"History is philosophy teaching by example." (Lord Bolingbroke)

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Friday, March 17, 2006

When a U.S. Citizen Is Not an American

Dual citizenship is divided loyalty.

As the furor over the warrantless wiretapping of U.S. citizens by the National Security Agency continues, liberals are stentorian in condemning this supposed outrage. But their objections are partly based on the naive belief that if someone is a U.S. citizen his loyalty to America should not be questioned.

In fact, such a belief is not only naive, but it also completely ignores a widespread practice among today's immigrants. This is the practice of dual citizenship (or dual nationality), where naturalized immigrants keep their native citizenship as well as U.S. citizenship. This duplicitous practice by immigrants of having two citizenships is hardly mentioned in public debates. But in this age of terrorists masquerading as nice guys, dual citizenship should be a prominent national security issue.

There are no official statistics of dual citizens, but naturalization numbers over the last thirty years indicate that there are some 15 million U.S. citizens today who are either dual citizens or are eligible to hold dual citizenship. That is a lot of people with potentially conflicting loyalties.

Despite all the politically correct nonsense about immigrants, there is a simple question that will get to the heart of the matter -- if someone was truly loyal to America, why would he keep another citizenship?

Why indeed?

However, to many immigrants today, U.S. citizenship is not an object of patriotism. To these people, U.S. citizenship means the convenience of having a U.S. passport that enables them to come and go without worrying about immigration problems. Though on paper they are U.S. citizens, in practice they are foreigners...

They refuse to assimilate, following customs that are clearly incompatible with Western traditions. In other words, they may be U.S. citizens, but they are not Americans.

How is this possible?

Due to liberalization of naturalization rules, the burden of proof of the loyalty of intending citizens is very low. Other than taking the naturalization oath, which has now become rather perfunctory, immigrants are not required to provide cogent proof of their loyalty to America...

Obviously unacceptable and clearly dangerous to the United States:

For terrorists and their sympathizers, U.S. citizenship is a powerful tool. It gives them unabridged rights of access to the country, not to mention the right to work in sensitive installations such as nuclear plants, defense facilities, etc. To those who are intent on destroying America from within, obtaining U.S. citizenship is a critical step. To them, it is a clever subterfuge that wards off suspicion.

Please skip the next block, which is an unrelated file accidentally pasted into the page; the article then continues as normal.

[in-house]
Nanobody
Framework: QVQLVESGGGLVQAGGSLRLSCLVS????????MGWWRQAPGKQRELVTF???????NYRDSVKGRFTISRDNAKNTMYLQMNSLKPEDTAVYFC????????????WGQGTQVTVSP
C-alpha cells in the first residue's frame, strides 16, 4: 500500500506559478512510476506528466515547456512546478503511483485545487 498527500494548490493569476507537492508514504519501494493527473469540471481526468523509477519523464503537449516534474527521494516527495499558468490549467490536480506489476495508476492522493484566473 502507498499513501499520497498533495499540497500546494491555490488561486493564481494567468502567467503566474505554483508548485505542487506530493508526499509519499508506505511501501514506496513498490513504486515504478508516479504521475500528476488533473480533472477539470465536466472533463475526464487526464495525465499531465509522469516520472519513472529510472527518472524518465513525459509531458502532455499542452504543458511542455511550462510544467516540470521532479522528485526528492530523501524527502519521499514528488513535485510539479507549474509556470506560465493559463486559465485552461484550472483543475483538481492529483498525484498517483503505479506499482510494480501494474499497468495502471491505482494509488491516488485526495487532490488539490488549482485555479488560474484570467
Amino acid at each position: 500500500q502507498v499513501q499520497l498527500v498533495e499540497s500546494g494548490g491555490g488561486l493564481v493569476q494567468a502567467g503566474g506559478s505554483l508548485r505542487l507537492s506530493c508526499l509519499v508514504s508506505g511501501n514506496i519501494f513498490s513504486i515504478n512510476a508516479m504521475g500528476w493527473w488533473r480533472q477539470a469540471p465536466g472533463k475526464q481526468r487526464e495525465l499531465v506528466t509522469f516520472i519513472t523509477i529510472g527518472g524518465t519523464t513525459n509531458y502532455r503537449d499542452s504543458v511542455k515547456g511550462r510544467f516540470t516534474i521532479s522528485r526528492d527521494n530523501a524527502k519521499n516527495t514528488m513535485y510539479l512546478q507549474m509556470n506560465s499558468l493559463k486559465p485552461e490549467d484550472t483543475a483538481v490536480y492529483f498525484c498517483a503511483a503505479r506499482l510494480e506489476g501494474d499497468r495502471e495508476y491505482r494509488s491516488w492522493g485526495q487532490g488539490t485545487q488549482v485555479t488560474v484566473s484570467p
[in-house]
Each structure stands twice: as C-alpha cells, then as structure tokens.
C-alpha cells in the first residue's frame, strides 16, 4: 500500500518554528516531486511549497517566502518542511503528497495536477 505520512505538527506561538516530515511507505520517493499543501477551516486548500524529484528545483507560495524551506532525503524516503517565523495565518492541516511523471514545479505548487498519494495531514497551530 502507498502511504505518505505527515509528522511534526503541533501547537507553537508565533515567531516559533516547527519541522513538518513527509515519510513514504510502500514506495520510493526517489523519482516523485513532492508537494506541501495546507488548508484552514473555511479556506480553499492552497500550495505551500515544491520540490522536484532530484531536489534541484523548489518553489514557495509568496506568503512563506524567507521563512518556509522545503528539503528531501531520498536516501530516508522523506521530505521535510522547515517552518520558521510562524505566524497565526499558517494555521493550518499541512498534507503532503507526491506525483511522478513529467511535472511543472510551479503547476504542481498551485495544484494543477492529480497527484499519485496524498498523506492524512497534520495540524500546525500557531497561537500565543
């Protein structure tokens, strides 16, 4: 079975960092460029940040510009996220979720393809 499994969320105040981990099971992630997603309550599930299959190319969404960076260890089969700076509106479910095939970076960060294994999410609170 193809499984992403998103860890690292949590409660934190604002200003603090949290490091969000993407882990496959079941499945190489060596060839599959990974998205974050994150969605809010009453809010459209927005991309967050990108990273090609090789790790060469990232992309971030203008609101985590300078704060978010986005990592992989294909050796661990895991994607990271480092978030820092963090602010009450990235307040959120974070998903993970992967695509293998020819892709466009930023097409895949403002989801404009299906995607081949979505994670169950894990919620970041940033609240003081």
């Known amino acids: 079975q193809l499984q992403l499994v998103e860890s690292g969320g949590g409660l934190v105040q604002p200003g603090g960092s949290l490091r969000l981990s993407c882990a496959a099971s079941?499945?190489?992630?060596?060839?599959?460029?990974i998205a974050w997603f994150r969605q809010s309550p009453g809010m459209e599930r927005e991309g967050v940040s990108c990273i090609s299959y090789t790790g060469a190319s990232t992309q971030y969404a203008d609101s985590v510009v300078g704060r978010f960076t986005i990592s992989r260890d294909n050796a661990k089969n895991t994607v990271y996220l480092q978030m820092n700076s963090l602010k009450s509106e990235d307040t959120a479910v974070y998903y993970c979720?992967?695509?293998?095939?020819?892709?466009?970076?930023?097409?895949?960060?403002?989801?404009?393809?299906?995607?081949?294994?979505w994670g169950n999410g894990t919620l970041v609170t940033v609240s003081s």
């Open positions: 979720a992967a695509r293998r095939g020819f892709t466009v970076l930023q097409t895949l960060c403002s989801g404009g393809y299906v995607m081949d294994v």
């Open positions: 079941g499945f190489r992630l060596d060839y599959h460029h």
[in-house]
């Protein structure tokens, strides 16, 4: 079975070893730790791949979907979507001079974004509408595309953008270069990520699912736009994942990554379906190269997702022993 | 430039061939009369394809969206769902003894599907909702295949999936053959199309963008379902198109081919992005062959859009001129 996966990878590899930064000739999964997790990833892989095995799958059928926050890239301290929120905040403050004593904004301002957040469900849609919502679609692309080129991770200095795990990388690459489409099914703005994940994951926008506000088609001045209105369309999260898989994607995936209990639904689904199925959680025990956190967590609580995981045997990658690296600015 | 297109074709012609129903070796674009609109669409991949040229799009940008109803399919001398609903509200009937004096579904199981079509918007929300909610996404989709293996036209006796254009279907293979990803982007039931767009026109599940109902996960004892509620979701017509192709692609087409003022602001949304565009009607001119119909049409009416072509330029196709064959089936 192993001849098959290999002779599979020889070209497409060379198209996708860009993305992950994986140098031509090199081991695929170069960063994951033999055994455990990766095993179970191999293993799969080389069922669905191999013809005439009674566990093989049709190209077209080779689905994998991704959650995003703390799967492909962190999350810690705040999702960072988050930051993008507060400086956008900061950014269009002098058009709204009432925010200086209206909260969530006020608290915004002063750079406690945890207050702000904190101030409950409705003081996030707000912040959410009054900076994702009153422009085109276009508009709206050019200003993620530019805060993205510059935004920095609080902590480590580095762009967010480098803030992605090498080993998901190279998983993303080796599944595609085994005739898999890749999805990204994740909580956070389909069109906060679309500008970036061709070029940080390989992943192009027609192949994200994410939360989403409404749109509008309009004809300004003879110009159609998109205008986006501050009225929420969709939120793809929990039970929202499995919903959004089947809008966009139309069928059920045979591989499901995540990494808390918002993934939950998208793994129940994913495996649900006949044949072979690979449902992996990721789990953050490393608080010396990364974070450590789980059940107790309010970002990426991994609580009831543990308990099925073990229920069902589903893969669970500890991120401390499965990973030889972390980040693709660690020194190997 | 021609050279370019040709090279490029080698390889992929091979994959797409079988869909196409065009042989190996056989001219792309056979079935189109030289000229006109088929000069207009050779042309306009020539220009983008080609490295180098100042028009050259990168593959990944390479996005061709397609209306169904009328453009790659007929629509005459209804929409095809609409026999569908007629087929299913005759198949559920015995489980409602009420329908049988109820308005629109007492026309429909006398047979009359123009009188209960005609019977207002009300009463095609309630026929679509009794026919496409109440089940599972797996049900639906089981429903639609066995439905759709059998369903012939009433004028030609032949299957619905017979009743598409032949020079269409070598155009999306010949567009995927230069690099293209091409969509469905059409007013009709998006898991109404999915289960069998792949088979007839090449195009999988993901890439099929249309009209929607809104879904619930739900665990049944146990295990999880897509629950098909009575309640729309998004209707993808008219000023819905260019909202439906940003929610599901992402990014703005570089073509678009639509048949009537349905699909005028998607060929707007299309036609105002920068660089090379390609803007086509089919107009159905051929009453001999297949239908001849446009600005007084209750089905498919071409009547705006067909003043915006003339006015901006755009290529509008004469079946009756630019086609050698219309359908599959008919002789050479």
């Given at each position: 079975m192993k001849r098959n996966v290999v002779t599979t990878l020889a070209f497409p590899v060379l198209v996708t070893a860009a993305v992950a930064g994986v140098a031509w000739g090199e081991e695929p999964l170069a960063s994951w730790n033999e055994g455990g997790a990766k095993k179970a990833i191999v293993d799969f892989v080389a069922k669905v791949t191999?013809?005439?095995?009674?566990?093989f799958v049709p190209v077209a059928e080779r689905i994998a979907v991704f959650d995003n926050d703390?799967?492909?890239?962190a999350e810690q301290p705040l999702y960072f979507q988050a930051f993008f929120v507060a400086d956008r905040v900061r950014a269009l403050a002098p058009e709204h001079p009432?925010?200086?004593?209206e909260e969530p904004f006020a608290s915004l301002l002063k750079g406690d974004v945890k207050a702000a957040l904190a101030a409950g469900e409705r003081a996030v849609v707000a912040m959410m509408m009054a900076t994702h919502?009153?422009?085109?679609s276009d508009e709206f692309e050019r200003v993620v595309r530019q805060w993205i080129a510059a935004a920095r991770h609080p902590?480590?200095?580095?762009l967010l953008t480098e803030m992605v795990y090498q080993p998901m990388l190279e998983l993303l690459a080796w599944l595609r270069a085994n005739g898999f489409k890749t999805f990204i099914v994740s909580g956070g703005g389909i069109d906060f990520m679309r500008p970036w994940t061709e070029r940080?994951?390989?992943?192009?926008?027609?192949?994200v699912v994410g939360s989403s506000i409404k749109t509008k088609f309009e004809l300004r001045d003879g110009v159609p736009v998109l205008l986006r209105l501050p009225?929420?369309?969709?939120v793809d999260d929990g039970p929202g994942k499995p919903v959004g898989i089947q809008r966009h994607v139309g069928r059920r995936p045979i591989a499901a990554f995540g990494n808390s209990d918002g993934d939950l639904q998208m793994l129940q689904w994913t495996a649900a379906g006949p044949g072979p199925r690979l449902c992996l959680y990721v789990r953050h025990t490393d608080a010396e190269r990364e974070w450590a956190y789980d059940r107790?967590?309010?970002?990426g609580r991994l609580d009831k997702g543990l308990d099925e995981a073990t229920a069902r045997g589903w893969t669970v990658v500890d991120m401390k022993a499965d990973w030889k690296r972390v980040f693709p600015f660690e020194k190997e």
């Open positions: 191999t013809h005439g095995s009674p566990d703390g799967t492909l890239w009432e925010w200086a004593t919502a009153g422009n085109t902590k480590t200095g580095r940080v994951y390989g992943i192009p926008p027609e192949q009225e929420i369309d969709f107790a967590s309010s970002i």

It gets worse:

From the beginning, dual citizenship is a contradiction. For, before you can become an American citizen, you must take the oath of naturalization, which says: "I hereby declare, on oath, that I absolutely and entirely renounce and abjure all allegiance and fidelity to any foreign prince, potentate, state, or sovereignty...."

The language of the oath is clear. Therefore, to allow people to turn around and retain their former citizenship is a gigantic mockery of the oath.

On its website the State Department says, "The U.S. Government recognizes that dual nationality exists but does not encourage it as a matter of policy because of the problems it may cause....However, dual nationals owe allegiance to both the United States and the foreign country."

In other words, the naturalization oath does not mean a thing.

Moreover, dual citizens can legally possess a U.S. passport and a passport from the other country at the same time. And they can vote in foreign elections. Worse, they can even hold public offices in both countries.

An individual with parents who hold citizenship in separate countries and born in a third country can hold tri-citizenship. Is the practice of dual, or even multiple, citizenship a furtherance of an agenda for discarding a national identity in favor of a world central government?


  • At Sun Mar 19, 04:11:00 AM PST, Anonymous Warner said…

    One positive aspect of dual citizenship is the government's option of deporting a naturalised citizen if their sworn allegiance is shown to be perfidious.I believe our government here in Australia is considering making all prospective applicants for citizenship retain their previous status for just that reason.

  • At Tue Mar 21, 09:53:00 AM PST, Blogger Cubed © said…

    Great piece, Eleanor. The whole "oath-as-mere-ornament" thing has been a thorn in my side for a very long time.


    Australia often seems to be giant steps ahead of us. I'm kinda jealous...

    I wish we would 1) take the oath of naturalization seriously, and deport all those who are disingenuous, and 2) recognize that it is contrary to Islamic belief that one can be loyal to a constitution made by man, but can only be loyal to Allah and his literal dictated word, the Koran (and by extension, shariah).



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